“There are two kinds of organizations: Those who’ve been hacked and know it and those who’ve been hacked and don’t know it. ” – Chad Fulgham, former CIO of the FBI
By now, the numbers have become numbing. Cyber-security incidents are daily news, with reports of escalating impacts and costs that are sometimes measured in the billions.
According to PWC’s Global State of Information Security Survey, there has been a 38 per cent increase in security incidents year-over-year and a 56 per cent increase in the theft of hard intellectual property over 2015.
Because of these kinds of statistics, many organizations have been reluctant to adopt cloud solutions because of a lack of understanding about cloud security. This hesitation also applies to the SharePoint community, which has debated the respective advantages and disadvantages of security and compliance in SharePoint Server and SharePoint Online.
SharePoint Online / Office 365 are public cloud solutions, and as such, customers are required to give up control over some of the parameters they’d be able to change were the solution running in their own data centers. However, these hesitations are often quickly dismissed as many enterprises conclude that Microsoft implements security policies and controls in their data centers that are far more advanced than anything available on-premises.
Microsoft is an industry leader in cloud security and brings in over 10 years of experience building enterprise software and operating over 200 online services. It excels in security best practices like penetration testing, defense-in-depth to protect against cyber-threats, encryption, and strong authentication. Additionally, Microsoft remains committed to providing a trustworthy cloud experience and is transparent with the location of customer data, and who has access under what circumstances.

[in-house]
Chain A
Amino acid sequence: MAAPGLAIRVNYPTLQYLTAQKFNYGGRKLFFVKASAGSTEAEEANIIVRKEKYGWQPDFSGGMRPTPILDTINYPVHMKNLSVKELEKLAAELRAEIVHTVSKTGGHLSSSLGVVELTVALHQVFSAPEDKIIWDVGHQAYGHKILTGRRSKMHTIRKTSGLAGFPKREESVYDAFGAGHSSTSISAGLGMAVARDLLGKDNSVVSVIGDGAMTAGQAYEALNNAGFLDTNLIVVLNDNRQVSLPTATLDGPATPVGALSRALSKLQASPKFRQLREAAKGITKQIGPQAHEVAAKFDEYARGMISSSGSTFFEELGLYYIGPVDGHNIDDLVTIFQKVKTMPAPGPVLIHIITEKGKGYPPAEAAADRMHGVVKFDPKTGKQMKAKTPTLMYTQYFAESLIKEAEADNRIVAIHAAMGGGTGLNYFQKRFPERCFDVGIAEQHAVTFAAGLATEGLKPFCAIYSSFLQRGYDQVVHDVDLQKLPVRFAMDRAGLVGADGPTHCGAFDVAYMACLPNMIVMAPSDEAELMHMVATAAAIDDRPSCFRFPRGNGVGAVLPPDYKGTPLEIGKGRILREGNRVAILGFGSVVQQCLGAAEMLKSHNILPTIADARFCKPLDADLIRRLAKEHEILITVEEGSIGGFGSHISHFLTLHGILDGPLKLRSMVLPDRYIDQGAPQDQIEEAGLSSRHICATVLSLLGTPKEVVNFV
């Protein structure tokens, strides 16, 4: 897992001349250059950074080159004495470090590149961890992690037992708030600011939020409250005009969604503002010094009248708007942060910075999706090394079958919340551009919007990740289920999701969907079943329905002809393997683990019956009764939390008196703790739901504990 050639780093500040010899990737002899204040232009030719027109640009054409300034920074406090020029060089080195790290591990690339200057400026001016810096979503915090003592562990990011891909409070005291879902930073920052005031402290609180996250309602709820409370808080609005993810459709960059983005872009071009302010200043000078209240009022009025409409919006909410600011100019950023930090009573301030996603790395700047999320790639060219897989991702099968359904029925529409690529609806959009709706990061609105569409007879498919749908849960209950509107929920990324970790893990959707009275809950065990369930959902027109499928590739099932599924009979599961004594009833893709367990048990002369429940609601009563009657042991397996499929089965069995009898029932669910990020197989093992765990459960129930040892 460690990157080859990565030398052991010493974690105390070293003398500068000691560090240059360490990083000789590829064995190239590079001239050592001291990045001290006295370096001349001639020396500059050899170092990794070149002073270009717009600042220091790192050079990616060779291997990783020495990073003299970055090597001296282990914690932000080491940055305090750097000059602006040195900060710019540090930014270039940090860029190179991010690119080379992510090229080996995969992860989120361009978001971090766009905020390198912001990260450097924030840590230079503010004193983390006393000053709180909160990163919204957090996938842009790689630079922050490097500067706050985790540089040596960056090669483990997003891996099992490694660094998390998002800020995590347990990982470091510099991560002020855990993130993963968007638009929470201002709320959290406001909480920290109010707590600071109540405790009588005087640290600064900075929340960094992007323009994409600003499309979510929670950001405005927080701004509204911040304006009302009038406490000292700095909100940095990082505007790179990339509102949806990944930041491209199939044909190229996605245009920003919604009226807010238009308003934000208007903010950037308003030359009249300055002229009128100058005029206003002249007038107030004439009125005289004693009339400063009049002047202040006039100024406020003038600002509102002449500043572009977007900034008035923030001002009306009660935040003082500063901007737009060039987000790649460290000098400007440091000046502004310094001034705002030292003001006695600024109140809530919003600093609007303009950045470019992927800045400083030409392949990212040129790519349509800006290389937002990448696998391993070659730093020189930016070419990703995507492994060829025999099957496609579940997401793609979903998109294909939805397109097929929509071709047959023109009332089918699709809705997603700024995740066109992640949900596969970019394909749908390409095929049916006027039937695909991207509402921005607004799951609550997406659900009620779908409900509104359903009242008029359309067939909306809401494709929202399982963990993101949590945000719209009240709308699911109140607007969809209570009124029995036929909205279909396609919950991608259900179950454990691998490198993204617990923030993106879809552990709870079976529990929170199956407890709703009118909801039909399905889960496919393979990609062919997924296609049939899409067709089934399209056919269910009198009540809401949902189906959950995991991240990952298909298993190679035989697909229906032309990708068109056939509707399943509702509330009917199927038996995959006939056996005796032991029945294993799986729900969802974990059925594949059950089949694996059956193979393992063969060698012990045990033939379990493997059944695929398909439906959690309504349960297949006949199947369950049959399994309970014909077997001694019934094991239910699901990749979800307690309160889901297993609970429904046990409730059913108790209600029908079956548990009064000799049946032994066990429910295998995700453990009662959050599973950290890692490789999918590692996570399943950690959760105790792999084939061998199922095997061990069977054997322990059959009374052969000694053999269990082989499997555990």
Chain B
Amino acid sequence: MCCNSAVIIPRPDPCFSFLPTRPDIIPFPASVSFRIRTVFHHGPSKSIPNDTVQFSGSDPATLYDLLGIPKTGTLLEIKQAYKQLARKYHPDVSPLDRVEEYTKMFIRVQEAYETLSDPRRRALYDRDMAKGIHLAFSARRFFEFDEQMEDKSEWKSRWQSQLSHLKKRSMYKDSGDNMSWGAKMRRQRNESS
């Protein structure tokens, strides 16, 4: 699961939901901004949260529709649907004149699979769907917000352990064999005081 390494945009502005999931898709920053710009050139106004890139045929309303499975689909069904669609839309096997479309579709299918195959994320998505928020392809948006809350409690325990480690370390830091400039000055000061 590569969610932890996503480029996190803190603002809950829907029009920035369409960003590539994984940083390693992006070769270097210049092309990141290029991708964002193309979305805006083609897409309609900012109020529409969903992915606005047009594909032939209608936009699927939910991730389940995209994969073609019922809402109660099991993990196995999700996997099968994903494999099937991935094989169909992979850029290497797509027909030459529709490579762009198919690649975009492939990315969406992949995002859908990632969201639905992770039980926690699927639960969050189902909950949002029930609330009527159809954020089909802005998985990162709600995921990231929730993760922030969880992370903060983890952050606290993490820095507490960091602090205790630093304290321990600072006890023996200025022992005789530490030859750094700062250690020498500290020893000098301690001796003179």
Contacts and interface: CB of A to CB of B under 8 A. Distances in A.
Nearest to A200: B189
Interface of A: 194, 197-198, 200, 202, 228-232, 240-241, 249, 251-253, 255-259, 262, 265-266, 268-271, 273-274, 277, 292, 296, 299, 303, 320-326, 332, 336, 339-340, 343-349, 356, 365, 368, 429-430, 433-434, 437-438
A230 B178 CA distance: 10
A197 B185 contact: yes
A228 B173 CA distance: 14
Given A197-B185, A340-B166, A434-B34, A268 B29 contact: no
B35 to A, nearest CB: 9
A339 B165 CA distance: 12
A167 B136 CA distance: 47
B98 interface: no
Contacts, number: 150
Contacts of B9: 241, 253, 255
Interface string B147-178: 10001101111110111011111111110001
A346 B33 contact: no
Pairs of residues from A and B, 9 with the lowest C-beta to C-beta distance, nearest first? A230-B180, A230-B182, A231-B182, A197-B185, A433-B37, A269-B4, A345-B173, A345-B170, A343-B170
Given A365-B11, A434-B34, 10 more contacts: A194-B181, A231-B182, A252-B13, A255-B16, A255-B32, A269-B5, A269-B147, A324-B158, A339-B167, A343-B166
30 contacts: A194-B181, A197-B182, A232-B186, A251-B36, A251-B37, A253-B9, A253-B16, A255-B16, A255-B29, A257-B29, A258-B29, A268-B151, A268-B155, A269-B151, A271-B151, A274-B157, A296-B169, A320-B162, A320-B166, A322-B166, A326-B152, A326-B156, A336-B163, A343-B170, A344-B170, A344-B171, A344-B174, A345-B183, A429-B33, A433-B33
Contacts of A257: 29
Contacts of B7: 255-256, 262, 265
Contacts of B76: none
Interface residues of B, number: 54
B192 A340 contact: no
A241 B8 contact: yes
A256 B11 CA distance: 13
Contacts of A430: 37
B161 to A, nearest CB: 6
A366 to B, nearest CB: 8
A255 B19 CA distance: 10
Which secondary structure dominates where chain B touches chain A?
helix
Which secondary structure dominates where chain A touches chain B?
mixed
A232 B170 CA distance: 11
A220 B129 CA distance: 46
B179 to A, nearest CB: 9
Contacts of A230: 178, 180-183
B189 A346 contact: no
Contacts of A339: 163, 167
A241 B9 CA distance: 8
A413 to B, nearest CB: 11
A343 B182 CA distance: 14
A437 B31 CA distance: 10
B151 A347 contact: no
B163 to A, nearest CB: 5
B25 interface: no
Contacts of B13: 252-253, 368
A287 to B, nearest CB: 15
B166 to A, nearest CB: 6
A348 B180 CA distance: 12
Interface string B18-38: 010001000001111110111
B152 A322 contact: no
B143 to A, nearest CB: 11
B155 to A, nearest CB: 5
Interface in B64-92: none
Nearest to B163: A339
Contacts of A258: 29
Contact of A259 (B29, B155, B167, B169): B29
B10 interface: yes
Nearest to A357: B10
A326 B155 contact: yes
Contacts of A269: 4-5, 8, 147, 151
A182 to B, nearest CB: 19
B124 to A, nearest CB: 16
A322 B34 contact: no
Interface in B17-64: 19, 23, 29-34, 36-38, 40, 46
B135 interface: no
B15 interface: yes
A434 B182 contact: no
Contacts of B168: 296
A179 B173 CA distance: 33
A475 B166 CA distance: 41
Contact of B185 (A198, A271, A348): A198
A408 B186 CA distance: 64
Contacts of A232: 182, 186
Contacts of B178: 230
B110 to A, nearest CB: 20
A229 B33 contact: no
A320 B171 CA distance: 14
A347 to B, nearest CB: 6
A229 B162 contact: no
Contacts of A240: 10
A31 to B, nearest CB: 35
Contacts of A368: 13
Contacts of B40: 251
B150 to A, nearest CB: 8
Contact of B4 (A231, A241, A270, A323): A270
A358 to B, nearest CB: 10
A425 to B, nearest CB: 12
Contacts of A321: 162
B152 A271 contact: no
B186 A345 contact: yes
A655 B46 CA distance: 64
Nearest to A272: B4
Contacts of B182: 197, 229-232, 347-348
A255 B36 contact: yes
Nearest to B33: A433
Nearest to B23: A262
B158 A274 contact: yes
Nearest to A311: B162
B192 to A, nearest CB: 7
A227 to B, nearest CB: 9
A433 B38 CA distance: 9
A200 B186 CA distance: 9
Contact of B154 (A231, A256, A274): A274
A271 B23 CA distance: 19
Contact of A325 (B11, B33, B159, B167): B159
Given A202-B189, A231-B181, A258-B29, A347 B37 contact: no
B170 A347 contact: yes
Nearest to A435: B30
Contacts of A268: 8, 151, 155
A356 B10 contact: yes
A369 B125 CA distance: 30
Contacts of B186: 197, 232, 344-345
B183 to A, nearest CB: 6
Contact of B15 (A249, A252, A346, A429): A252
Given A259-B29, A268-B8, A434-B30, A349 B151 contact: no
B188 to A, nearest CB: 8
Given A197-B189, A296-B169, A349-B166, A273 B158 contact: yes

This is great news for companies looking to realize more value from their investments in secured cloud environments. But as businesses try to figure out how they will migrate their sprawling on-premises SharePoint environments to SharePoint Online, they need to keep security, compliance, and governance controls to sensitive data top of mind, or even content that is successfully migrated can end in disaster.
Under a shared responsibility model it’s up to the customer to monitor and prevent high-risk user activity within these applications. As a result, many are now asking how to meet compliance requirements, how to enable or regulate sharing based on organizational standards, and how to apply proper security, compliance and governance controls to sensitive data.
Thankfully, with a data loss prevention (DLP) policy in the Office 365 Security and Compliance Center, businesses can easily identify, monitor, and automatically protect sensitive information across Office 365. Additionally, Office 365 includes a suite of security services that customers can enable:
· Admin Controls like Legal Hold and E-Discovery for regulatory compliance
· Rights Management Services to empower customers to protect information
· Access and Privacy policies to regulate sharing based on geography or device status
If you’re interested in learning more on this topic, I encourage you to check out our SharePoint 2016 Power User Webinar Series: Chapter 3: Data Loss Prevention in SharePoint 2016: Protect Your Sensitive Information, which dives into identity driven security, data loss prevention and the new Office 365 Compliance Center. This webinar is the final installment of a SharePoint series that New Signature hosted this summer; Chapter 1 and Chapter 2 can also enhance your SharePoint learning experience.
Looking forward, it’s important to note that above and beyond all the hardened preventive measures, Microsoft is also focusing efforts on prediction, detection, and remediation across Office 365 and Azure. The cyber-security industry is shifting towards a data-driven approach that allows organizations to put real-time information to use in ways that can help predict incidents and rapidly respond to threats. Microsoft is leveraging big-data analytics to model, and audit and review data to understand how it is used, by whom and when.
In short, Office 365 provides the granular controls and policies security administrators need to identify, monitor, and protect your sensitive data in the cloud.
But keep in mind that technology alone is not the answer. At the end of the day, the responsibility for information security falls on everyone across an organization, and companies that do it most effectively have security ingrained in their culture, starting from the top. This requires ongoing communication and a visible commitment from senior management, many of whom admit to regularly uploading work files to a personal email or cloud account.